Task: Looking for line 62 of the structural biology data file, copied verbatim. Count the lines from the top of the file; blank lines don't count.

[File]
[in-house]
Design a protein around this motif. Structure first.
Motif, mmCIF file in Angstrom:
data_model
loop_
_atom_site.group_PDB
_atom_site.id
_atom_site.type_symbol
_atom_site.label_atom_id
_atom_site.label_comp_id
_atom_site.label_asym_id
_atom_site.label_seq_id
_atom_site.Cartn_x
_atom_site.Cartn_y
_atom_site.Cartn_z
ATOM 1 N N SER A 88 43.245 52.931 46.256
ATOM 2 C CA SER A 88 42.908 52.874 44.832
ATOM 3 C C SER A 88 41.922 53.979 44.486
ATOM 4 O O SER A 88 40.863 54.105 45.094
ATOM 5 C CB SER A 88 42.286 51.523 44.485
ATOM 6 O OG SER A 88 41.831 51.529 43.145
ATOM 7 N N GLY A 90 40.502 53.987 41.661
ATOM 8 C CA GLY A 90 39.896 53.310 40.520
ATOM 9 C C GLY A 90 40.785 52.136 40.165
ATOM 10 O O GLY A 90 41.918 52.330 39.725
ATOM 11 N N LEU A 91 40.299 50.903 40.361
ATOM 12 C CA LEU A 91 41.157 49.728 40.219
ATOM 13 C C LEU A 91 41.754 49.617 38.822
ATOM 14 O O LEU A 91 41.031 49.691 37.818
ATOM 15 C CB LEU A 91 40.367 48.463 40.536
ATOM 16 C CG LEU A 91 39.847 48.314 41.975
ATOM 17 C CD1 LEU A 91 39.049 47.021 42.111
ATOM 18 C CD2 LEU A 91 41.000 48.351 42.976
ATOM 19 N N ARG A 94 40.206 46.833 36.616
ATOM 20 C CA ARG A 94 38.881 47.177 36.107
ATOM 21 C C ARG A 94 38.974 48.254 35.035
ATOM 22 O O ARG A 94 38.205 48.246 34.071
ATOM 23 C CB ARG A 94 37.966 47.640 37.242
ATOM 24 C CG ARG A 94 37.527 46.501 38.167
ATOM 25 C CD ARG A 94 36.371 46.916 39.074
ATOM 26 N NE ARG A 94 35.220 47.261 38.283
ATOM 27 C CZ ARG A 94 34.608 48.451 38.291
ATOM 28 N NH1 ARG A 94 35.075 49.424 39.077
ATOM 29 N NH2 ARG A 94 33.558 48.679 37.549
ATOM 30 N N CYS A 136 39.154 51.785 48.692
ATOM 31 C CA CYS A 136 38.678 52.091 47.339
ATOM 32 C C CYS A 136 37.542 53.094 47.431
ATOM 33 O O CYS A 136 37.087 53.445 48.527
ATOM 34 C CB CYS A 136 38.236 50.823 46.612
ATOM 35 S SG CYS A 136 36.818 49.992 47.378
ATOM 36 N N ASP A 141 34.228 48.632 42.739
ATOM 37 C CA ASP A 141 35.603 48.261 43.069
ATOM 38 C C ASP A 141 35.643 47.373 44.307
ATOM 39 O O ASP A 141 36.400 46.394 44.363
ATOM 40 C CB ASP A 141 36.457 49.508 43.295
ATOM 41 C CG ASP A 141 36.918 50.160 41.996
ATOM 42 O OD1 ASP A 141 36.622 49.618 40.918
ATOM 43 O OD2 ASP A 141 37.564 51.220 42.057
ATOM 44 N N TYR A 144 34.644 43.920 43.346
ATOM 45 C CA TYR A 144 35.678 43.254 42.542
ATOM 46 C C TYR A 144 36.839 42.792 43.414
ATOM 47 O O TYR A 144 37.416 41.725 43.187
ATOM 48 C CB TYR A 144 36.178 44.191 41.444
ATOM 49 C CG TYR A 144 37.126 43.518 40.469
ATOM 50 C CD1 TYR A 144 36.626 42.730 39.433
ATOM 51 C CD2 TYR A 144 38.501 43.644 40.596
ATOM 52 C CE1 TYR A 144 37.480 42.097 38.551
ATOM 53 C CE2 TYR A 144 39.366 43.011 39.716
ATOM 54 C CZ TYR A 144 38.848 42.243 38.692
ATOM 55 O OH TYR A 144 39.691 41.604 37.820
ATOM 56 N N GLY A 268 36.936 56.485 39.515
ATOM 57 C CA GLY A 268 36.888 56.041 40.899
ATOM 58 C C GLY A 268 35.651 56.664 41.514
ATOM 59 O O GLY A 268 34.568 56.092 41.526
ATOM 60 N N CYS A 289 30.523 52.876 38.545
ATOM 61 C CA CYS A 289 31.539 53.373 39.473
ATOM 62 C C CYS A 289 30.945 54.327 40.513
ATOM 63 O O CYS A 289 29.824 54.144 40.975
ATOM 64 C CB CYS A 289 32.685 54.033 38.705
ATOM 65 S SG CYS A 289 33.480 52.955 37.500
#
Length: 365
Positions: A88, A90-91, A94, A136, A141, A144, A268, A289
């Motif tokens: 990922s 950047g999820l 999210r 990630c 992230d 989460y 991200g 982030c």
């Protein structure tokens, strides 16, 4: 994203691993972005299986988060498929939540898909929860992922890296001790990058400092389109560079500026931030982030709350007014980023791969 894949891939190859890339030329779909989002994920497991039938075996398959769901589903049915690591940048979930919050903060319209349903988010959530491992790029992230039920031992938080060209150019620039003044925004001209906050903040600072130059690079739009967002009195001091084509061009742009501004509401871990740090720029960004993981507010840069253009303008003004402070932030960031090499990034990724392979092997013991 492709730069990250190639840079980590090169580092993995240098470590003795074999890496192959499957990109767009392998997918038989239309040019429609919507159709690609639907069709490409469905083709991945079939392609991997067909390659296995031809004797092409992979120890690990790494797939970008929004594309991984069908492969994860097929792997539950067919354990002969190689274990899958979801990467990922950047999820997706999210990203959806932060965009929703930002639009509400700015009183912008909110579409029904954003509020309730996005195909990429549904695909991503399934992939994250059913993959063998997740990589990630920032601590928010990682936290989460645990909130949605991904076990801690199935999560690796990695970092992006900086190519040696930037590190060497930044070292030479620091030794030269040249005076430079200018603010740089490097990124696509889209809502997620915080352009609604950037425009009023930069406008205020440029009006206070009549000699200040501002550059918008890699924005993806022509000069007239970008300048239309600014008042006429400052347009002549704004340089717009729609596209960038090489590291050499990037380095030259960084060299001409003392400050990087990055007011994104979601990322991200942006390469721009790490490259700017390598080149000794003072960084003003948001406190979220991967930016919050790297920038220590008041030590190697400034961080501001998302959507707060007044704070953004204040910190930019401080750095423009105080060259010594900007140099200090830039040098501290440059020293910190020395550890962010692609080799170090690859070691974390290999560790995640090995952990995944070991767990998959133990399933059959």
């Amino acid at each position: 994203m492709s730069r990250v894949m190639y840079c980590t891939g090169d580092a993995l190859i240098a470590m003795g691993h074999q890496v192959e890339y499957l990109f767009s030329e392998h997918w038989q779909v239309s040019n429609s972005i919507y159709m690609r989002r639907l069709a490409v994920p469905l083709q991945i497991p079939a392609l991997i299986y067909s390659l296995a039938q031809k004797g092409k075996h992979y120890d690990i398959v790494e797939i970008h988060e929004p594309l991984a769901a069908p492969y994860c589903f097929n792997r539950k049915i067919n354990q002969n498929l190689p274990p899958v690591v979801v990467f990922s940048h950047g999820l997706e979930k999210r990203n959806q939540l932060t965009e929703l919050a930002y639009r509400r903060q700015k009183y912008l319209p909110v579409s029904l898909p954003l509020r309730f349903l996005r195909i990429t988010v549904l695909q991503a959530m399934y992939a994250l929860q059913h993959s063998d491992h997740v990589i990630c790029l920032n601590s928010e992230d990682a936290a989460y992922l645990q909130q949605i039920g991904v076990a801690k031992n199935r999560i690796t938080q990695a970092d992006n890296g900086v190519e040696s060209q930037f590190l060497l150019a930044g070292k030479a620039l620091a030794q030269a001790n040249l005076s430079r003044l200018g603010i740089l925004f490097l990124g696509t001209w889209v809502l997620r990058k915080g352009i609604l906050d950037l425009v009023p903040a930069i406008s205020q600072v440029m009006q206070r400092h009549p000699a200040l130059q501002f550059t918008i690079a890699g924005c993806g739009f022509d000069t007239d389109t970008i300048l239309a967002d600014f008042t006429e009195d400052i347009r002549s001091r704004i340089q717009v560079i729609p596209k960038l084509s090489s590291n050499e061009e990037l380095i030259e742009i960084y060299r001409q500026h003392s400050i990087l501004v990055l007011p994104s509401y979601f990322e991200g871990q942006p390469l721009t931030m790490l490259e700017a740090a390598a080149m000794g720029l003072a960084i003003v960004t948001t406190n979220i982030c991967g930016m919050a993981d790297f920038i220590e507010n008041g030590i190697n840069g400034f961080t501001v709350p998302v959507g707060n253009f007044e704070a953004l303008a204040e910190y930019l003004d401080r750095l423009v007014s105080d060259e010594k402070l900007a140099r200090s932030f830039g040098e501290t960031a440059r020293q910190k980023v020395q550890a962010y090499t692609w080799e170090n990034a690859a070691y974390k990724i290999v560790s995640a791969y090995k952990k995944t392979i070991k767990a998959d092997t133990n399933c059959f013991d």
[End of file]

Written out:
ATOM 47 O O TYR A 144 37.416 41.725 43.187